MORRIS: Looking forward to a promising 2014

Keywords Commentary / Opinion

MorrisIt’s finally here. This year’s ending and the New Year is at hand. It would be easy to go off on a negative rant about how lousy things were in 2013 and how next year promises to be more of the same. Just tune in to the national news. If the national news media is good at anything, it excels at letting us all know how depressed we should feel. However, I’m choosing not to participate in all that negative stuff right now.

The good feelings started for me a little late this year, but I finally got into the Christmas spirit a few days before the holiday. I thought, “Why wait until it’s over? Let’s get with the program.” So I did, and the holidays haven’t lost their luster yet!

It all started when my wife and I went to one of the Indianapolis Children’s Choir’s brilliant performances of “Angels Sing.” That was just what I needed to jolt me out of my cynical mood and get the positive juices flowing again. Watching these talented young people perform is good food for the soul.

I’ve written about ICC before, but it bears repeating: These aspiring singers represent everything that is right about our young people today. If you can free yourself to be in the moment and let their youthful enthusiasm in, you can be transformed back to an easier time.

I wouldn’t want to go back, but I’d like to remember more often some of the good life lessons I learned at a younger age. This time of year seems to slow us down just long enough to block out all the loud and useless noise created and hurled at us on a daily basis. When you clear away the clutter, it frees up enough time to concentrate on those things that are really important in life.

So with those positive thoughts in mind, I’d like to think 2014 is shaping up to be a promising year. Forget about the antics in Washington. Here in the heartland, real life is going on and that’s what I plan to concentrate on. Here are a few of my top priorities for the new year.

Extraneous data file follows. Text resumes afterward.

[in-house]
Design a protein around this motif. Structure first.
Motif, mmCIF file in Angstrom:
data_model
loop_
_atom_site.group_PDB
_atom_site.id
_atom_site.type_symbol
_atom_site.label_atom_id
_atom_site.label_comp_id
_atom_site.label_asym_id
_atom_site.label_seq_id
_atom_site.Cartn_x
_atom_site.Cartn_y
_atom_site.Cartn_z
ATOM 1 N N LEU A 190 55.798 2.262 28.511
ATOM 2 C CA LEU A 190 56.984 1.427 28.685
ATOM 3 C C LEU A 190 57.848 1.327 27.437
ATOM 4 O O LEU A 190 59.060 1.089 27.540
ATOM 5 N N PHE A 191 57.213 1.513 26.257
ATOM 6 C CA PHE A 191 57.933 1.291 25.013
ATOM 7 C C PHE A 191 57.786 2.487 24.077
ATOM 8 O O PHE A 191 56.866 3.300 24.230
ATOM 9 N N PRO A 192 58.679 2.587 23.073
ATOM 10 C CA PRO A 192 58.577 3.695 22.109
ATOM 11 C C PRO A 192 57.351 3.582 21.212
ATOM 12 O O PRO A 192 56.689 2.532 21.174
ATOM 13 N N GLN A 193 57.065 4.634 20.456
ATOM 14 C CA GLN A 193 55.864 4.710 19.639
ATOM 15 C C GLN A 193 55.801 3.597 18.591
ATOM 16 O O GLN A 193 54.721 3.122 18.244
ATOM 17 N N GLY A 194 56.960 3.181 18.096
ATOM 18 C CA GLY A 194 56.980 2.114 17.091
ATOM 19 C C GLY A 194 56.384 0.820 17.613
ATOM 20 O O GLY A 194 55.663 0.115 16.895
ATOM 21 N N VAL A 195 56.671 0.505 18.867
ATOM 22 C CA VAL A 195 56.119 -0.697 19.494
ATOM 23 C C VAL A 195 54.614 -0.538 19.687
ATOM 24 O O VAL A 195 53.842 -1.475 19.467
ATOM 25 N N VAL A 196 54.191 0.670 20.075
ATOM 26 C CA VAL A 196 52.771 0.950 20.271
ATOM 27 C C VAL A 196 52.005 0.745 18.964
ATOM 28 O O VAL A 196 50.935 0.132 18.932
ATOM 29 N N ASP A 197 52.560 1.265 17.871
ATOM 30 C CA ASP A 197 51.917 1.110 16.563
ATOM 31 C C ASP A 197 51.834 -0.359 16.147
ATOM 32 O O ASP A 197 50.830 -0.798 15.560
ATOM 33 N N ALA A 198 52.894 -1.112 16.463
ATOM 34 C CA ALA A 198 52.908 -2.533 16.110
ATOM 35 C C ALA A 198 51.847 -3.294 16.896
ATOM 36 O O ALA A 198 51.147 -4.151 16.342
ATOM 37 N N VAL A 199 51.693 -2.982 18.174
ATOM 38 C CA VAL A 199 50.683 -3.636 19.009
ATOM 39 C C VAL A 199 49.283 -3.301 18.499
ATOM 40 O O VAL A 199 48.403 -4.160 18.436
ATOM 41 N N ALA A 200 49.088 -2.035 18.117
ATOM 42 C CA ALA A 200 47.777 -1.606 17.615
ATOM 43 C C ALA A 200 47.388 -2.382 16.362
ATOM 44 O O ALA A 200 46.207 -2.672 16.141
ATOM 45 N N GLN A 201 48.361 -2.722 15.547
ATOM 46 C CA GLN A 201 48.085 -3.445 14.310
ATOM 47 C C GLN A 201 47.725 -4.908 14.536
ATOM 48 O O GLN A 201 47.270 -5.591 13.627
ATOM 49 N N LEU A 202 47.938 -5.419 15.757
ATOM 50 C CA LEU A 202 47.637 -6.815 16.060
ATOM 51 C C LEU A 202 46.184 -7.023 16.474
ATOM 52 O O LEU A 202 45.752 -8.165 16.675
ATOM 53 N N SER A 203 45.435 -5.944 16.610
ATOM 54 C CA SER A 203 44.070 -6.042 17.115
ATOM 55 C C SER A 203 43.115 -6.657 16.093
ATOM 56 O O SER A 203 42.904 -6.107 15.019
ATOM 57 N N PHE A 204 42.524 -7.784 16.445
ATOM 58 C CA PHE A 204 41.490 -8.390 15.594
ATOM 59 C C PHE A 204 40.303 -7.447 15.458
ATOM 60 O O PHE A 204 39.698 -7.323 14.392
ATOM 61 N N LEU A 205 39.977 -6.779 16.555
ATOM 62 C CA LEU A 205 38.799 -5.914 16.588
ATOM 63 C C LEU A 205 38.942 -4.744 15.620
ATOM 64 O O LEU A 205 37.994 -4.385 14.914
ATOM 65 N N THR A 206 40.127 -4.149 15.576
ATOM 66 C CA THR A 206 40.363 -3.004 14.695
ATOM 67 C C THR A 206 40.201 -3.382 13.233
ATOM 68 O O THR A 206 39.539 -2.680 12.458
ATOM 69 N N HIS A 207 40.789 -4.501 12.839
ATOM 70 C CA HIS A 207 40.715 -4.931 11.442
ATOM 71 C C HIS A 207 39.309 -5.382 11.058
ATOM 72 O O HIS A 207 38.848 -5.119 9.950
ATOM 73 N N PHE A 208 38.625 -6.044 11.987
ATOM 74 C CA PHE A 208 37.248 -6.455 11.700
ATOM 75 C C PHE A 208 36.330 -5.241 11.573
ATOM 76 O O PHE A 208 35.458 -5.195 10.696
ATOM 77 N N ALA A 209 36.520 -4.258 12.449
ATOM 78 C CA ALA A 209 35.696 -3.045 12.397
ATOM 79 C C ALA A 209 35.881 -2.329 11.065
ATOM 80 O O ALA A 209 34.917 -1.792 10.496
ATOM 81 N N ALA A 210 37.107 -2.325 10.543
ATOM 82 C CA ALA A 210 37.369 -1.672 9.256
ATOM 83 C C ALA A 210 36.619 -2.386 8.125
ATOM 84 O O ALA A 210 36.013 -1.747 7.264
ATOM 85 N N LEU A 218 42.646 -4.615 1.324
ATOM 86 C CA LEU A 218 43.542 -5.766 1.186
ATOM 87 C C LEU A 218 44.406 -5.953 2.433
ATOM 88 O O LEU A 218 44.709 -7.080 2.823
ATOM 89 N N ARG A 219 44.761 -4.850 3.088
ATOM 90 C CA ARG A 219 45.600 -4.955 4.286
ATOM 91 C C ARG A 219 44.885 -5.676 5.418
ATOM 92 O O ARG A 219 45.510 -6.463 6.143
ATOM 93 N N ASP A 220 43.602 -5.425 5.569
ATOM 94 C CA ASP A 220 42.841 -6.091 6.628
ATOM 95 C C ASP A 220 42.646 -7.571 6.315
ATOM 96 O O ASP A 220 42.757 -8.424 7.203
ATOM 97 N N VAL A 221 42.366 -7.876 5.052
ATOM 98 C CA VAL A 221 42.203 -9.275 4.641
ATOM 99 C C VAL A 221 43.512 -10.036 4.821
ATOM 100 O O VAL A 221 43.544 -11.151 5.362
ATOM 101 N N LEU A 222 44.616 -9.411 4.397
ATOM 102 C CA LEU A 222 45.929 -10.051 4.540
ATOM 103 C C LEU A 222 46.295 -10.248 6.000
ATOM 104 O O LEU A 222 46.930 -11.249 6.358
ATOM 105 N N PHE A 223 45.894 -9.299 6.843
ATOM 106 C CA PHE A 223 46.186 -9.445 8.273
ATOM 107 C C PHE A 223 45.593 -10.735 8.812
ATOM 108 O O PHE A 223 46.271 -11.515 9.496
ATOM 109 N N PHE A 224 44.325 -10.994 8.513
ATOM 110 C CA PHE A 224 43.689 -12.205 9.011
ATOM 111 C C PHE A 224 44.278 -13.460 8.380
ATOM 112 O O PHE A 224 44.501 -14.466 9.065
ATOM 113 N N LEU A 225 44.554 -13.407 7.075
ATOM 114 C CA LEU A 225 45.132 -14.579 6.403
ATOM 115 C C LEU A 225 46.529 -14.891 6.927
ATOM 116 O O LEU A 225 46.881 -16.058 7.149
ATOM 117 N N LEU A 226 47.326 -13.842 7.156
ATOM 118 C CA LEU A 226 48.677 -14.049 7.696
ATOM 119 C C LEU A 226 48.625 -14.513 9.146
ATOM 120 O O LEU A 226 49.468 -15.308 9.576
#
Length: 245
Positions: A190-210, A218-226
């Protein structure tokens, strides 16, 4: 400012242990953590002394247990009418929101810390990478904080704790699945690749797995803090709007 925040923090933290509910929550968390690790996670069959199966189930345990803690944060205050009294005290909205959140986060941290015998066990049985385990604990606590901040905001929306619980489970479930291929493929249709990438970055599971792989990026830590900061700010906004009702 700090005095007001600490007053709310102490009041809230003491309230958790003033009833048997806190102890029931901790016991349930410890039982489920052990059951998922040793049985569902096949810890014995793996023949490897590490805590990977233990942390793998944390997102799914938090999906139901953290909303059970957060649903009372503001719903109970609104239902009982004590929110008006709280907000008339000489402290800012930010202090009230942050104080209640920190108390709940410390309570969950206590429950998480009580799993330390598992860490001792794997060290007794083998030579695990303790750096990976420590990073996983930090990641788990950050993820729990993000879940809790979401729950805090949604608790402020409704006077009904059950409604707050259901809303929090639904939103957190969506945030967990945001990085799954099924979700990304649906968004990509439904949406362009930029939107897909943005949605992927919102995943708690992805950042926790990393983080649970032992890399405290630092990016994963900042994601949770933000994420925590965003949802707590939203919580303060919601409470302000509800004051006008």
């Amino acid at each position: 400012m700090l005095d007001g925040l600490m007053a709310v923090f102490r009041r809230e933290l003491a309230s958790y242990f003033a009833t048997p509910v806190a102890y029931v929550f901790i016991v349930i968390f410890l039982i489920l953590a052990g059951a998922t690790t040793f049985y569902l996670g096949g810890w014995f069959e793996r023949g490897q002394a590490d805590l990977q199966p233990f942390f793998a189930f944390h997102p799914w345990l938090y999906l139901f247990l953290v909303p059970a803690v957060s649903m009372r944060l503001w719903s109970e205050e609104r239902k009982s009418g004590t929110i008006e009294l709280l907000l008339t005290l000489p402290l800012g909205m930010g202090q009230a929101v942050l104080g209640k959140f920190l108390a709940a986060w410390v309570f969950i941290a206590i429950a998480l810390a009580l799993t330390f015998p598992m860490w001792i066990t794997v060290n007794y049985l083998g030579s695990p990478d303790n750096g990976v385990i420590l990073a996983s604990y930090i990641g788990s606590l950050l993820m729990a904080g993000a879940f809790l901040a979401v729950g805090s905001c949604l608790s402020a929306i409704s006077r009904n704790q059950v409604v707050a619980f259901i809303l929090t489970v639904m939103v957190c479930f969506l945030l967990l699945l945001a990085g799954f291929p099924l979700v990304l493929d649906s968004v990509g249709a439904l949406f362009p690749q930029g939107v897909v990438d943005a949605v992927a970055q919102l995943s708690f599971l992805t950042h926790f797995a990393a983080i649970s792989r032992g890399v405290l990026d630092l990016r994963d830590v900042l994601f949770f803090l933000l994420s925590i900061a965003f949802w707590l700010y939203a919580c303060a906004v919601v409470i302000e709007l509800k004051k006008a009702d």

• Work on achieving a healthier lifestyle. I started with this priority because we all know that without good health we don’t have anything. We also know that prevention usually produces better results than relying on treatment of symptoms in the health care system. Yet, we ignore these basic and well-known facts and put off positive lifestyle changes for another day. Sometimes, you wait too long, and then it’s too late. The best time to make a change is always now.

My simple action plan is to make better fresh food choices more often, work on better portion control, and add more “get up and move” activities. That’s it. Nothing fancy, but very doable and healthy.

• Work to be a better, more caring and compassionate person—better husband, better father, better manager and better not-for-profit board member.

My day job takes more focus each and every year, and I have an active role on at least a half-dozen advisory and not-for-profit boards. As a result, on occasion I haven’t met my own quality standards with regard to achieving excellence in all my endeavors—at work and on the home front. That’s going to change in 2014. Better focus and time management is in order.

• Work on the never ending task of improving financial security. This is another simple action plan that got a jump-start in 2013. Continue to increase savings and invest wisely for the future. I’m done chasing the next biggest thing—house, car and the like. More control of personal finances gives one more choices as life progresses.

So, that’s my story and I’m sticking to it. Maybe you see some of these priorities rising to the top of your list also.

Here’s one other important point. You notice I started each item with the word work. That was by design. This stuff doesn’t just happen on its own. Nobody does it for you. You have to work at it, and you have to work hard. That’s what makes it great.

So, as we close the books on another year, I wish you and yours good health and much success in 2014. Happy New Year!•


Morris is publisher of IBJ. His column appears every other week. To comment on this column, send e-mail to

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